My Lords, in most outlets where Members of both Houses can meet socially, Members of one House will be invited as guests of the other. There are a number of catering facilities to which Members of both Houses have access, including the Lords cafeteria and bar, the terrace cafeteria in the House of Commons and cafeterias in Westminster Hall, Portcullis House, Millbank and Parliament Street.
My Lords, I thank my noble friend the Chairman of Committees for his fairly encouraging reply. Might he consider using the Pugin Room as an equal basis for both Houses to meet as it already has our carpet and is equidistant between the two Houses. It would be so lovely if both Houses of Parliament could meet on a daily, friendly basis just to chat together about what we were doing. While I am on my feet, may I also wish all your Lordships and all our friends in this House a very happy new year?
My Lords, your Lordships will, of course, be well aware that the Pugin Room was handed over to the House of Commons in 1906 in exchange for Committee Room 4. I believe that various attempts have been made over the years either to get it back or to have it used as a shared facility. All of those have currently been unsuccessful. The House of Commons clearly wishes to continue to have it for their use, whether or not it has a red carpet in it.
My Lords, would not this excellent idea of a common area provide those Members of this House who pay lip service to the primacy of the House of Commons with the opportunity to explain why on three separate occasions on the Criminal Justice Bill on Clauses 41 and 42 on jury trial they defeated the Government and ultimately destroyed the clauses despite the fact that the House of Commons on three separate occasions had approved those clauses with increasing majorities? Does not this development—which I shall mention repeatedly as it was an important development in the way the House of Lords operates—bring into dispute the relationship between the two Houses?
My Lords, it is not, of course, for me to answer on what happens to legislation in this House. However, there is no more evidence of the primacy of the House of Commons than in the comparison between the various facilities, particularly refreshment facilities, available in both Houses.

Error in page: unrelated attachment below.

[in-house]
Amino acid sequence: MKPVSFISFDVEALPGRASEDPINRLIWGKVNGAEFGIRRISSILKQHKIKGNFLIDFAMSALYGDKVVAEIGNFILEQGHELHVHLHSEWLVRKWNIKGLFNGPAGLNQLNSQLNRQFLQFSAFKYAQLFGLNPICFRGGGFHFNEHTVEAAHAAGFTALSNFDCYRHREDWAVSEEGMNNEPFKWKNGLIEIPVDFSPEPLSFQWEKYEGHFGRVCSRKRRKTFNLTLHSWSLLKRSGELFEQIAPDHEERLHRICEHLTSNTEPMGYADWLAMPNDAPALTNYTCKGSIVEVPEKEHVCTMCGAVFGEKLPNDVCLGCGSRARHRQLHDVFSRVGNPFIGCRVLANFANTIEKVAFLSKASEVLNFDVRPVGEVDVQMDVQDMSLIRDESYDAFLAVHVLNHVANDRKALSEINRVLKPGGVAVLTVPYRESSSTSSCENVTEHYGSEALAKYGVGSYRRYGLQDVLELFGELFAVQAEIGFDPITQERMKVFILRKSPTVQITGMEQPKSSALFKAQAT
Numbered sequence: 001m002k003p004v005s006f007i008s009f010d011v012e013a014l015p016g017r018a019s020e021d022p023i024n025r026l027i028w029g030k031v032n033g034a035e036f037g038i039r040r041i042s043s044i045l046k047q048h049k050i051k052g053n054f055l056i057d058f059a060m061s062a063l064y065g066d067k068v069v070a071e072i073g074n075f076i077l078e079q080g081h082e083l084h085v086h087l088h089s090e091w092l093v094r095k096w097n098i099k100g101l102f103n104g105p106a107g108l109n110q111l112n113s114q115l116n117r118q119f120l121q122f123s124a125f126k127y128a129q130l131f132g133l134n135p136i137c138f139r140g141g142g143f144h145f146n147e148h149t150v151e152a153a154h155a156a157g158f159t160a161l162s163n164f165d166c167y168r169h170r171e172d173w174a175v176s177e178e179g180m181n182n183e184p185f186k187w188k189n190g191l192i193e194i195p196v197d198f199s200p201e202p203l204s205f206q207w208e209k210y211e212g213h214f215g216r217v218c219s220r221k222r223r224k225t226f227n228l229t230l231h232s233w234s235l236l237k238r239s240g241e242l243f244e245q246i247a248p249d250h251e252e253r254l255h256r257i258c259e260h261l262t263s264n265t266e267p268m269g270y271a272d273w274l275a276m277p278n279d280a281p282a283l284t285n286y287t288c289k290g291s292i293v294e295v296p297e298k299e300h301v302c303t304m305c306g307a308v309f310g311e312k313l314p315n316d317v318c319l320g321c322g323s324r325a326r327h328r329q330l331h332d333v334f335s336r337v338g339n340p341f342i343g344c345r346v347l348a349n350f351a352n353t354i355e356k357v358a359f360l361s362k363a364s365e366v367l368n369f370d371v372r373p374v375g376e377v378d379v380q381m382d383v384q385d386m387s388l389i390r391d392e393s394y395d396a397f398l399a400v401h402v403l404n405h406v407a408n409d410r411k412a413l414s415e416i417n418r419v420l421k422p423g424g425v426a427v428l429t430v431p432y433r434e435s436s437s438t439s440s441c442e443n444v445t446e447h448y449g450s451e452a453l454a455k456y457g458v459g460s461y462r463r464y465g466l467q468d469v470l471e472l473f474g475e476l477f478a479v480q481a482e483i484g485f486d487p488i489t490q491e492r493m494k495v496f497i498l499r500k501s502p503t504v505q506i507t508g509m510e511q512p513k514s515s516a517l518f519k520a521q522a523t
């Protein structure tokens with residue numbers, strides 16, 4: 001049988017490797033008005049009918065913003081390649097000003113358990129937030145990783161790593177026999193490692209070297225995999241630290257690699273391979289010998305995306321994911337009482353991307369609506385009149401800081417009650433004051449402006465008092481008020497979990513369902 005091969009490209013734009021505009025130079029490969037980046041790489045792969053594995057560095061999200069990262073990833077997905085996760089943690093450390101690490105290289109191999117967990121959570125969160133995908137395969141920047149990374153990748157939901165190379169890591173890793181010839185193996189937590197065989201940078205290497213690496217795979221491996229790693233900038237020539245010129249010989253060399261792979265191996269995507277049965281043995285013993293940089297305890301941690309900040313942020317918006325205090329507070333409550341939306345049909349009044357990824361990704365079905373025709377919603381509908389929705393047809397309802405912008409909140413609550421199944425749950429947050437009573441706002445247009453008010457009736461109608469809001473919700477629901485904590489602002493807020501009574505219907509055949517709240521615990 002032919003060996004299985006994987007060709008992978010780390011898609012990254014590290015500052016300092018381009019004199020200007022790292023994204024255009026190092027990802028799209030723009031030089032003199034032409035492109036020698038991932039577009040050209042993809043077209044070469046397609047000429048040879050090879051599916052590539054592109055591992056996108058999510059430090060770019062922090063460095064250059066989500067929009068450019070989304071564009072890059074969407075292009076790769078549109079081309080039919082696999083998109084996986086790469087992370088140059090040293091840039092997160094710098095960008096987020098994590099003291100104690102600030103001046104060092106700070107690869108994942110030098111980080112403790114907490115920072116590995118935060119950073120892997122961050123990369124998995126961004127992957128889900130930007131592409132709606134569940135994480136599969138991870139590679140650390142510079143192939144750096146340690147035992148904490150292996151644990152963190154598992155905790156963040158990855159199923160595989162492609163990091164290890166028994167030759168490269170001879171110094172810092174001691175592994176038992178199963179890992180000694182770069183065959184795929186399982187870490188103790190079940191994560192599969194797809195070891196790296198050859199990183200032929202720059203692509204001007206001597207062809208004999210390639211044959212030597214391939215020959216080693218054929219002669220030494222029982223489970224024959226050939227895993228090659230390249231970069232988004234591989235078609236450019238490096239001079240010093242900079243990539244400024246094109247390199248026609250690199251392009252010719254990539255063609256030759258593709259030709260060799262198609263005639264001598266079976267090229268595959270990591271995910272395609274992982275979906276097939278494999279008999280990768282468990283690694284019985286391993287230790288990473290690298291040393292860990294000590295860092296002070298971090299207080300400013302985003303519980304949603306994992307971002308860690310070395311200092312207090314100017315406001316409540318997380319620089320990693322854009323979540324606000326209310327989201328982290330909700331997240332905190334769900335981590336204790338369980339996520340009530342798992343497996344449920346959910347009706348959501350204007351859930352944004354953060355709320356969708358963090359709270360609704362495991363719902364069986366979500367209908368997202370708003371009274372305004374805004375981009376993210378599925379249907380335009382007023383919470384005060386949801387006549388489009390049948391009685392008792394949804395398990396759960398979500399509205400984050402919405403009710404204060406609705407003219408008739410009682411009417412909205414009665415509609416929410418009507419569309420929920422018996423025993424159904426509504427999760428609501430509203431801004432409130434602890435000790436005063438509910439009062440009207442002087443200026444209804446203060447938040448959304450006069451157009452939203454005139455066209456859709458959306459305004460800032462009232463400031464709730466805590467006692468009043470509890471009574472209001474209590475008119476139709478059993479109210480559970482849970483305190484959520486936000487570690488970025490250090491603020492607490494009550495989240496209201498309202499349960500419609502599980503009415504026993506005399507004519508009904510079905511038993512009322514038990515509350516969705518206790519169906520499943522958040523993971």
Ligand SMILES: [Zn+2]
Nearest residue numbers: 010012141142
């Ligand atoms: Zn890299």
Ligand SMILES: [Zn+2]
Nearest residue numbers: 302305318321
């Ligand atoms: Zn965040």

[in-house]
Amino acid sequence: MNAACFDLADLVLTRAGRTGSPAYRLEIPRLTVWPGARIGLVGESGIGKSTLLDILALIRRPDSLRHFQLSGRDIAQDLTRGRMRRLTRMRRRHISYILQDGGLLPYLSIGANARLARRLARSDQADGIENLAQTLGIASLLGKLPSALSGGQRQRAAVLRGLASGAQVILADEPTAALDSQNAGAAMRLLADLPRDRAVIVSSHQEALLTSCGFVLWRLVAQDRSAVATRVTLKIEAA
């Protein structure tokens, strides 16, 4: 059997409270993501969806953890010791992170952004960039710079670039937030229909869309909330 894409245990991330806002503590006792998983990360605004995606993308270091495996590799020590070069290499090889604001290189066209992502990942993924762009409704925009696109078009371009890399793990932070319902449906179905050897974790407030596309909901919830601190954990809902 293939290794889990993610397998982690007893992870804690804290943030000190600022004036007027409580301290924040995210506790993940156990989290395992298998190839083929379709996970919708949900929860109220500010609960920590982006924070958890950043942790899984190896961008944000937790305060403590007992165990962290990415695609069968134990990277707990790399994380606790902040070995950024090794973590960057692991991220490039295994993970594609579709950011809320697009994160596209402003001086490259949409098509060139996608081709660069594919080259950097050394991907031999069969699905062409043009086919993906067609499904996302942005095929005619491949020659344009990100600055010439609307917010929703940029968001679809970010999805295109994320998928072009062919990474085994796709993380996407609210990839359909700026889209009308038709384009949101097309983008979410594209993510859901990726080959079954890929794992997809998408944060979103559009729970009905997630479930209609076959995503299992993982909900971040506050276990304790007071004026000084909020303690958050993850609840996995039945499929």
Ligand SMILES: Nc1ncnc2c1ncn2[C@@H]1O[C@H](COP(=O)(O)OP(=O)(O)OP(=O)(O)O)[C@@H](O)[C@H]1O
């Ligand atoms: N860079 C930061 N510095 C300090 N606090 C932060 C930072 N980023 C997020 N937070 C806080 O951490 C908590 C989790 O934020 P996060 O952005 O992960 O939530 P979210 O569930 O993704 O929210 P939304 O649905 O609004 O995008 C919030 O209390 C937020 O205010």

My Lords, can we come back to the Pugin Room? Is there not in fact an overwhelming case for Members of this place, not only Members of this place who were formerly Members of the House of Commons, to use a part of the building which is physically in our part of the building? It is an obvious place in which Members of both Houses should be able to use the facilities. The noble Lord said that efforts have been made in the past to regain it. Is it not time that we made another effort?
My Lords, of course, if that is your Lordships' wish I am very happy to try to reopen the argument, perhaps not to regain the Pugin Room but to use it as a shared facility. That might be more successful than an attempt to regain it. I shall certainly see what I can do to achieve that, but I advise your Lordships not to hold their breath.
My Lords, I wish that we could rise a little earlier sometimes too. However, I really cannot comment on the new working practices of the House of Commons and how they affect the revenues of the Refreshment Department, but it must perhaps give us some hope that there will be some movement at some stage. While I am on my feet, I recommend to your Lordships the new handbook on facilities and services for Members of this House, which is extremely good and details those facilities of the House of Commons that we are allowed to use and when we are allowed to use them.
My Lords, to return to the Question of the noble Baroness, Lady Strange, would it not be a great improvement for this House and for the other place if there was somewhere where we could meet socially? I have been in this House 11 years now and I cannot think that I have ever had a social engagement with an MP that did not have to be arranged in advance, whereas I have had many opportunities to run into Members of this House whom I have never met before just by sitting down next to them at tea or dinner or having a drink in the Bishops' Bar. Would not one facility where we can get to know Members of the other House be a great improvement in the way in which this House and the other place operate vis-a-vis each other?
My Lords, I am certainly not disagreeing with the noble Lord. It would indeed be very nice if there was a room where we could meet on equal terms. Of course, those Members of your Lordships' House who have been in the other place have a great advantage over those of us who have not as I believe that they are allowed to enter most of the House of Commons facilities. That would indeed be very nice for us. However, in view of the imbalance between the facilities in both Houses, we would be looking to try to get into one of their rooms rather than the other way round.
My Lords, if the issue is one of shortage of accommodation, will the noble Lord consider looking at spaces that will be made available when the arrangements for the Lord Chancellor have been agreed by Parliament, thereby releasing quite an amount of space which could be used for the purposes that are the subject of this Question?